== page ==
Select Page
What is my first step?
Where can I go for help?
Does an MRI or CT Scan really show dementia?
This is progressing fast and we are worried about her being alone.
I thought her odd behaviors were just normal aging behavior and forgetfulness.
I need to get my father to the doctor for a cognitive assessment and he won’t go.

I Forgive You Forget A Caregiver's Resource

Community

Q’s & A’s

We have unexpectedly found ourselves as a caregivers.  Now what?  

First, know there are over 75 different forms of dementia.  It is a moving target with varied symptoms, therefore, no two forms of dementia are alike.  

Your first steps can be calling your local Alzheimer’s Association for an introductory class, support group session, or talking to their counselors on hand.  You will be able to express your particular, subjective concerns by giving examples of your experiences.  In support group, you will also hear other stories and solutions that are relevant to your own experiences.  

Another first step can be making an appointment with your loved one’s Neurologist.  Yes, an MRI or CT Scan can indicate brain atrophy or plaque.  Your Neurologist can also give your loved one a standard cognitive test.   

Our website is open 24/7/365.  Our FB Private Chat Room is a source of information in the form of Q’s & A’s from our IFYF community.  We all  contribute suggestions and problem solving in deference to the many forms of dementia and their many forms of symptoms.  And we offer it in a safe, non-judgmental environment.

Search by any terminology using the search bar below and have the information highlighted within seconds. Sometimes all we need is suggestion to find a way out of the maze and move forward. 

*NOTE:  The “Dear Vic” entries below are only a sample to demonstrate how this forum works. The search bar will only search terms found within these sample entries. For full access to “Dear Vic,” please login or subscribe as a lifetime member.

Search within these sample entries:

I Forgive You Forget A Caregiver's Resource

Community Q’s & A’s

We have unexpectedly found ourselves as caregivers.  Now what?  The stone walls we slam into every day seem disturbingly part of a larger maze, one that makes us stop, turn around, go back, and try another way.  

There are over 75 different forms of dementia, it is a moving target with varied symptoms, therefore, no two forms of dementia are alike.  Our Chat Room for Q’s & A’s is a community effort where we all contribute our own suggestions and problem solving in deference to the many forms of dementia.

Search by any terminology using the search bar below and have the information highlighted within seconds. Sometimes all we need is suggestion to find a way out of the maze and move forward.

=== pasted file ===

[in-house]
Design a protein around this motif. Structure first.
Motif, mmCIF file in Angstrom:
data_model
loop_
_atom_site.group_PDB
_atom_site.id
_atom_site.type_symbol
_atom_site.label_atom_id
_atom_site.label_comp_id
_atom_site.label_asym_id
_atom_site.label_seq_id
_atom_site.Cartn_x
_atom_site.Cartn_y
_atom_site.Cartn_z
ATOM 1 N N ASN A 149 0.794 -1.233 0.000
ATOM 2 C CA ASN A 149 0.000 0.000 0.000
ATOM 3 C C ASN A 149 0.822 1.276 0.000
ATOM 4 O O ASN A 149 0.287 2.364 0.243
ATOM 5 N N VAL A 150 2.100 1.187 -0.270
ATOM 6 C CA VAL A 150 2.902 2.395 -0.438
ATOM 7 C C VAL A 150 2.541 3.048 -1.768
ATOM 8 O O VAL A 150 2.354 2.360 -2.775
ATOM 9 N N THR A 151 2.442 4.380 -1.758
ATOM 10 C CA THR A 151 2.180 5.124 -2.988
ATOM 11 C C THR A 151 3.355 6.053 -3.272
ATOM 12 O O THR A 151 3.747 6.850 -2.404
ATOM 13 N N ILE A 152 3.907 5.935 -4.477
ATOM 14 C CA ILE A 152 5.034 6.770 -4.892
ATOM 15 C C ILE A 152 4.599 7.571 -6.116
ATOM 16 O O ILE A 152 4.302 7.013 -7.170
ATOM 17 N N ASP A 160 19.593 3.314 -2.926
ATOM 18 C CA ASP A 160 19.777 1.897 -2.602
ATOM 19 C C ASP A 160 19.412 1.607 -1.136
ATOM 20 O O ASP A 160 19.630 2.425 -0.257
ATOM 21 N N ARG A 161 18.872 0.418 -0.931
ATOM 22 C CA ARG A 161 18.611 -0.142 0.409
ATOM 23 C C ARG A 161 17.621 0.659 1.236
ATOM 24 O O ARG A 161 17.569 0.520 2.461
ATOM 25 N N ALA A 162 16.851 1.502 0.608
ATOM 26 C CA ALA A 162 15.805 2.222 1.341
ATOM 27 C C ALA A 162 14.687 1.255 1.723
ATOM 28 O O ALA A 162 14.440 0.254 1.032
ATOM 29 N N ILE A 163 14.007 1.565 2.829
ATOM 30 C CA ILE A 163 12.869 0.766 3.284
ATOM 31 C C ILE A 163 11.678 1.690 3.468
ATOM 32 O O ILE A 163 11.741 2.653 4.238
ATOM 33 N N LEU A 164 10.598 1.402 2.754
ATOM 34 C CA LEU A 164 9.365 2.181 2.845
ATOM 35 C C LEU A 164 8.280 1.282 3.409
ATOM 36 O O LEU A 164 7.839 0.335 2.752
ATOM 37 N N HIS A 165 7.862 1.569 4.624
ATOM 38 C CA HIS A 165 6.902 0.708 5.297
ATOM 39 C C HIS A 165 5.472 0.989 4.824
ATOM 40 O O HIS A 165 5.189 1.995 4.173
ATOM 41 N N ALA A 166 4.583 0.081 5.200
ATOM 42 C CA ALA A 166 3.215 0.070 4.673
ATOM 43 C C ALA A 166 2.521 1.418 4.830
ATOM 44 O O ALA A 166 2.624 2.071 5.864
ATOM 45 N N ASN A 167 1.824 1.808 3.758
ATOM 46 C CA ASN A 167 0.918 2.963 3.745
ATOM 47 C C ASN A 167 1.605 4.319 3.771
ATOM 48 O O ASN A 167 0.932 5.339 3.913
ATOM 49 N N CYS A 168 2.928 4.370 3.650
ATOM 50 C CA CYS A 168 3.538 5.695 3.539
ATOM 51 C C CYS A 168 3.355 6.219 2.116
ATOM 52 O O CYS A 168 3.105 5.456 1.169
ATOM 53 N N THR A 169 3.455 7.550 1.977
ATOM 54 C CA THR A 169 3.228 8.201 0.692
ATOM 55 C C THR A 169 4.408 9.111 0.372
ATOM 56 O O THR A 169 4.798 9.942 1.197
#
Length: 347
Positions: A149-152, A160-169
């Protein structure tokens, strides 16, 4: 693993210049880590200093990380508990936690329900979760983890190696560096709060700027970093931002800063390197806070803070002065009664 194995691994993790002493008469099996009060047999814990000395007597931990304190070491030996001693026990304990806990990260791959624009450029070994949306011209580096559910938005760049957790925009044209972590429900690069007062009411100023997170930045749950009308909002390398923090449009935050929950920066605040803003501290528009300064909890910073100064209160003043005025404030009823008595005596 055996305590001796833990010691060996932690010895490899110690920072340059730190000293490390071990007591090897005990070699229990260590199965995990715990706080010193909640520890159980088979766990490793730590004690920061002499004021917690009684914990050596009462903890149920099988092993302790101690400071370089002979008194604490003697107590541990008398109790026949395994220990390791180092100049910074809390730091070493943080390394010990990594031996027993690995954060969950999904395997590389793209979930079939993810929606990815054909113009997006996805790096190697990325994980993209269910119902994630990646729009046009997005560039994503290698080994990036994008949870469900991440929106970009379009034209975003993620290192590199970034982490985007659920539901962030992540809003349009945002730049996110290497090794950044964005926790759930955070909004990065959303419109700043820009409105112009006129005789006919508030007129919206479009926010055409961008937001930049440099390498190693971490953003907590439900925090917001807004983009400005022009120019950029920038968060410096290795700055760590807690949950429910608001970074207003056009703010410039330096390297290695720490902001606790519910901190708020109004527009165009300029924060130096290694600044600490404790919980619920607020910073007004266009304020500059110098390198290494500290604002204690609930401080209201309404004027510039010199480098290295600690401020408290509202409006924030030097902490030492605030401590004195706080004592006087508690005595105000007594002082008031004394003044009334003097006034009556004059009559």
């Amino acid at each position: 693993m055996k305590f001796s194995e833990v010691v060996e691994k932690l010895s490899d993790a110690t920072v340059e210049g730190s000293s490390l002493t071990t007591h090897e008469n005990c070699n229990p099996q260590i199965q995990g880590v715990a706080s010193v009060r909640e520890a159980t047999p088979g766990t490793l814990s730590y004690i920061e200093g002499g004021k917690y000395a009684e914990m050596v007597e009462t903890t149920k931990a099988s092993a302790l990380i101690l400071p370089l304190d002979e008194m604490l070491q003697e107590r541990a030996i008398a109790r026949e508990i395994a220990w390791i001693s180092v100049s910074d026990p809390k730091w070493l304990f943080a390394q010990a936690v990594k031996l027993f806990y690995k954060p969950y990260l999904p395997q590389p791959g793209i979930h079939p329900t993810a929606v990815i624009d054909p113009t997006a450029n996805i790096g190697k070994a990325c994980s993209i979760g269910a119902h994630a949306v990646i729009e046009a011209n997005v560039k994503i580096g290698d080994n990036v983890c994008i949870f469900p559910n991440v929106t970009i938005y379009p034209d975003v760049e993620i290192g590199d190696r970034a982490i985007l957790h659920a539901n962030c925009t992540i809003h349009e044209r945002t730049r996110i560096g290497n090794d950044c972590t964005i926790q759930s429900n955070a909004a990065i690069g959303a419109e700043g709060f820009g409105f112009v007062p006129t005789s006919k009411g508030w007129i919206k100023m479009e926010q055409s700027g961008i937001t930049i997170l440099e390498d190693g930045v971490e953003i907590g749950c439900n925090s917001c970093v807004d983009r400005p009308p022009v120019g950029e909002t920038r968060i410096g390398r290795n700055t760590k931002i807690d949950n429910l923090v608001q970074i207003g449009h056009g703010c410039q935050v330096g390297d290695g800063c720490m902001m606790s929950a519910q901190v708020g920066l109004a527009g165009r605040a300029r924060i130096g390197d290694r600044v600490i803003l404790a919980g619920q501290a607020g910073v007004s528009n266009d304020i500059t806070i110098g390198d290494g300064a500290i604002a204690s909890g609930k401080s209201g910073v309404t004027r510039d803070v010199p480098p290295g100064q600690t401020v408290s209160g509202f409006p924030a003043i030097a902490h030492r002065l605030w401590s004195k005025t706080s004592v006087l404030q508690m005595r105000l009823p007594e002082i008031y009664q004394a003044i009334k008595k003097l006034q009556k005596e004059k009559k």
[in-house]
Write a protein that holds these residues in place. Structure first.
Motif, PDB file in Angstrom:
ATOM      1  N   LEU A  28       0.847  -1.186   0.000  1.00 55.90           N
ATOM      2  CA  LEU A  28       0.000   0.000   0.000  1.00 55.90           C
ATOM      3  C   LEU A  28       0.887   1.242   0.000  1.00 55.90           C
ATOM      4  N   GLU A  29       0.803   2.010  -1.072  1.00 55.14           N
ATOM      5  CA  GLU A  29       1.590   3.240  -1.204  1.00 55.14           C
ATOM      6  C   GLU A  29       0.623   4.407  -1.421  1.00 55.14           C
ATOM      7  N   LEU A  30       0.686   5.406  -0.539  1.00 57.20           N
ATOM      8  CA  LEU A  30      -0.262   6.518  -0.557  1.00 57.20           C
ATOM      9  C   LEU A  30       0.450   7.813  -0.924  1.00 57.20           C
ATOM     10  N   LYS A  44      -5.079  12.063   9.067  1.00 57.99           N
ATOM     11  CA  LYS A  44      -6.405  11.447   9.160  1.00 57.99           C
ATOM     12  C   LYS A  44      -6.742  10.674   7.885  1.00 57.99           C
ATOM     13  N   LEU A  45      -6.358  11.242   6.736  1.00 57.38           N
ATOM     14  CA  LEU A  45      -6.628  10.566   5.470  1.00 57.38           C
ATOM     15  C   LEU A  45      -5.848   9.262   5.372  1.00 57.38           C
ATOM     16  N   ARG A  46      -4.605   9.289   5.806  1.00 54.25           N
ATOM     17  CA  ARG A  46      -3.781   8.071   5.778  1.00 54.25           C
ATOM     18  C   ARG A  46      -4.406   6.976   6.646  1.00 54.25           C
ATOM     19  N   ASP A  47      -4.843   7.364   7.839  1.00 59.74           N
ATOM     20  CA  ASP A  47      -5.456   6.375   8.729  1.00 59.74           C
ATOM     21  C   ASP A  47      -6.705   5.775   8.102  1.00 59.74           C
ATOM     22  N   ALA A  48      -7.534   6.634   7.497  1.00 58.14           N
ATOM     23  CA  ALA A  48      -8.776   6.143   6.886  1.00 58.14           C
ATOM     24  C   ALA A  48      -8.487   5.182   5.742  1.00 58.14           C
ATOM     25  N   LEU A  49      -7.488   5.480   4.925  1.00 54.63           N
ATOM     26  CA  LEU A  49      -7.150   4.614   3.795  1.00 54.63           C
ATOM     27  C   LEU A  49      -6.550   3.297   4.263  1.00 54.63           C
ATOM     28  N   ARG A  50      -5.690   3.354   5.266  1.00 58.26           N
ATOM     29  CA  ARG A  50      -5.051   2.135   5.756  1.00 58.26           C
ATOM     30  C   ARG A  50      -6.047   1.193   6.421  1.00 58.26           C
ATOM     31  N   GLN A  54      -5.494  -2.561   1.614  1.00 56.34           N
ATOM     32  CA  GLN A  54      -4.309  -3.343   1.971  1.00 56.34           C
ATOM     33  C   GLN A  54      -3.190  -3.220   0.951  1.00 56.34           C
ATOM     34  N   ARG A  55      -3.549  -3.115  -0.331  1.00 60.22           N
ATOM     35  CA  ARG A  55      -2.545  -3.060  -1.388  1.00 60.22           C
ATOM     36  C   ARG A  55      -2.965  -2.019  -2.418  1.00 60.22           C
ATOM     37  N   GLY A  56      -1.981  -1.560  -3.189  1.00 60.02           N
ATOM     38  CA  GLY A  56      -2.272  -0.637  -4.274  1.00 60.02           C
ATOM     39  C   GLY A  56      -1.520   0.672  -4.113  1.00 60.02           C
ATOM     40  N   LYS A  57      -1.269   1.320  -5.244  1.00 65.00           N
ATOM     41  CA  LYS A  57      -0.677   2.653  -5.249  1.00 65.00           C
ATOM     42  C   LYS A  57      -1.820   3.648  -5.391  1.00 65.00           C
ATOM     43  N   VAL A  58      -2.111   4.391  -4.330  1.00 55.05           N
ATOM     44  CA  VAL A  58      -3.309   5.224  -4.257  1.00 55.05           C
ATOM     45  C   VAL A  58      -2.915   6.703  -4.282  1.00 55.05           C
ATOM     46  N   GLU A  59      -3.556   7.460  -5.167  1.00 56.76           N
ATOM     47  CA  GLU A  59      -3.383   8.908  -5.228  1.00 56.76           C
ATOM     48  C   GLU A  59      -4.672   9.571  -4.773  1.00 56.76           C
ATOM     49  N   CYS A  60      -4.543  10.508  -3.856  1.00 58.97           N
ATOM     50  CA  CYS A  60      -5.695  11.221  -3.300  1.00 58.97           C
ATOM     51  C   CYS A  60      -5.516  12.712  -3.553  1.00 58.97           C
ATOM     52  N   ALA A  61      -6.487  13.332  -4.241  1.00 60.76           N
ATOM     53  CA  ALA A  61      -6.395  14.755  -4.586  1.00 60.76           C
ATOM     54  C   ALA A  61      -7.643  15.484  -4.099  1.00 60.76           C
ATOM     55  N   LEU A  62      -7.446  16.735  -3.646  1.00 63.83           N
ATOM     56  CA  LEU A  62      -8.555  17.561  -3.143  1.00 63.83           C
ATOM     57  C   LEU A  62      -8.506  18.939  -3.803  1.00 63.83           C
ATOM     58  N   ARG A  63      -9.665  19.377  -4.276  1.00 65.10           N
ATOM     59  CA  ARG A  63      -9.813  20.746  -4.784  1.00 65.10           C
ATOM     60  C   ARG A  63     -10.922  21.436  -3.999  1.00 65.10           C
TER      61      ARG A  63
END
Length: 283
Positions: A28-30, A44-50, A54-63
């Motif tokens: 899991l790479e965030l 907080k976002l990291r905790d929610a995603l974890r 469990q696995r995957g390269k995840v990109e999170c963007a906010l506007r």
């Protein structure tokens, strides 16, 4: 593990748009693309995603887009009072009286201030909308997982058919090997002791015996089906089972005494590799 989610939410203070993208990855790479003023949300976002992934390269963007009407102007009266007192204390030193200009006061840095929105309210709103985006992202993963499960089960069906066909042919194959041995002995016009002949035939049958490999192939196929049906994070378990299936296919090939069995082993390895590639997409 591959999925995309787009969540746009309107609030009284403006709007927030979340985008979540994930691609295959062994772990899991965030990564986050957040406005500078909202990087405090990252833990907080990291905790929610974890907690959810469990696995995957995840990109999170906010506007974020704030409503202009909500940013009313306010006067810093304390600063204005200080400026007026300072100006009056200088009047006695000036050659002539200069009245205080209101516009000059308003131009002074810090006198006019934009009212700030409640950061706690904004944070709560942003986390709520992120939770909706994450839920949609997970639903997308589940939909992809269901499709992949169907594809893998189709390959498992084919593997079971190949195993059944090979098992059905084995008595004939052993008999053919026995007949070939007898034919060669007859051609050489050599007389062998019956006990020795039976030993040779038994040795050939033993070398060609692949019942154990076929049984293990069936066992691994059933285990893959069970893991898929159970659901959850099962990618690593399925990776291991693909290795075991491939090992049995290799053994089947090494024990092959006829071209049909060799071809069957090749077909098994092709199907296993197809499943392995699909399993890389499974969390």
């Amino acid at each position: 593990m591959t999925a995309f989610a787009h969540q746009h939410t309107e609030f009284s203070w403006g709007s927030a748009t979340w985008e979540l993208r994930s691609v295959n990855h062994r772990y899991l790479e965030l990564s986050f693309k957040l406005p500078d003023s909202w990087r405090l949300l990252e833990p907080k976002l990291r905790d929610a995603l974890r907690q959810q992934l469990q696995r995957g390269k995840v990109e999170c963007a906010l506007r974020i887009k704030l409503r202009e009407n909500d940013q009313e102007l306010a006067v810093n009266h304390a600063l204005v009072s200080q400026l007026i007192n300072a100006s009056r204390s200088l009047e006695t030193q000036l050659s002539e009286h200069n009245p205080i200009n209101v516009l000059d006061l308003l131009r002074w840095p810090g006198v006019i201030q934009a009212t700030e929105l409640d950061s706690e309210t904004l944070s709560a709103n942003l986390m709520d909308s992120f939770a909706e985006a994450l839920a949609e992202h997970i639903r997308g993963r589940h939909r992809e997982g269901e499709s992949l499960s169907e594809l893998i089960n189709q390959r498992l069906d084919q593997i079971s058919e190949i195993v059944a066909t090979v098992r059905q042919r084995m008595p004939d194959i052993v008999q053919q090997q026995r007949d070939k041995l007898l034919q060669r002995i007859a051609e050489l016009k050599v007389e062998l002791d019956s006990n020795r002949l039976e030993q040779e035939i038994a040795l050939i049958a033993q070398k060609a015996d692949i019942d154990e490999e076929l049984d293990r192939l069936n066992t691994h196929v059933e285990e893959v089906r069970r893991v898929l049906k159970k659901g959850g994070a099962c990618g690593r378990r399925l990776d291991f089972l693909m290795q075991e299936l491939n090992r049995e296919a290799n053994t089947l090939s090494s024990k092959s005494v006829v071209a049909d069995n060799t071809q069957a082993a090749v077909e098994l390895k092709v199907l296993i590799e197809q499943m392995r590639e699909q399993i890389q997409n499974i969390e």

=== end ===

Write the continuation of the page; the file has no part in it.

*NOTE:  The “Dear Vic” entries below are only a sample to demonstrate how this forum works. The search bar will only search terms found within these sample entries. For full access to “Dear Vic,” please login or subscribe as a lifetime member.

Search within these sample entries:

“When you feel like quitting, think about why you started,”

-Winston Churchill

Question 1

Dear Vic:  I think my aunt’s medications are interacting negatively, causing severe depression.  Her insurance changed because of the new year and I need to find a new primary physician – now, immediately.

I called a few doctors from a list given to me by one of these doctors, but all of them were either not taking new patients, or did not take my aunt’s insurance, or both. I was on the phone for over an hour striking out. Suggestions?

A:  Call your Aunt’s Insurance Company directly.  Get THEIR current list of physicians taking new patients NOW.  Explain to both the insurance company and the doctor’s office the severity and critical circumstance of your Aunt’s depression to get in as soon as possible.

Be patient with the process and yourself.  It took me multiple tries over many months to get the right physicians or help for Mom, but my circumstances were not as dire as yours right now.  

I also found I needed to be my mother’s power of attorney to conduct 97% of matters on her behalf.  Get a POA and keep it handy on your desk, ready to fax or mail a copy at a moment’s notice. Be firm, but calm with the company or doctor’s office you are calling. People seem to respond well to determined urgency, i.e., “I am my mother’s power of attorney and I need your help.” 

Question 2

Dear Vic:  I’ve been awake all night, my mind wouldn’t shut off so I wound up on the internet.  I ran across a talk with Teepa Snow and Leeza Gibbons on YouTube.  My mom has not been officially diagnosed, but WOW, when I saw this video EVERYTHING NOW MAKES SENSE!! Mom’s odd behaviors were described, and so were the reasons I am exhausted.  I thought her odd behaviors were just normal aging behavior and forgetfulness.

What other videos are out there that I can watch that you recommend or like?

A: Suggestion from Subscriber: Ha!  Coincidentally two weeks ago in Group, our Group Leader, had us watch Part I, with Leeza Gibbons and Teepa Snow, the YouTube videos are called “Alzheimer’s and Dementia: Care for the Caregiver.”  

From Vic:  I immediately added it to our suggestions in the “Resource” page under “Documentaries or YouTube Interviews, Etc.” Take a peak in the Resource section and hopefully you’ll find other things to watch that will help and be meaningful to you.

I Forgive You Forget A Caregiver's Resource

Please consult a professional or your doctor if you or your loved one are experiencing an emergency.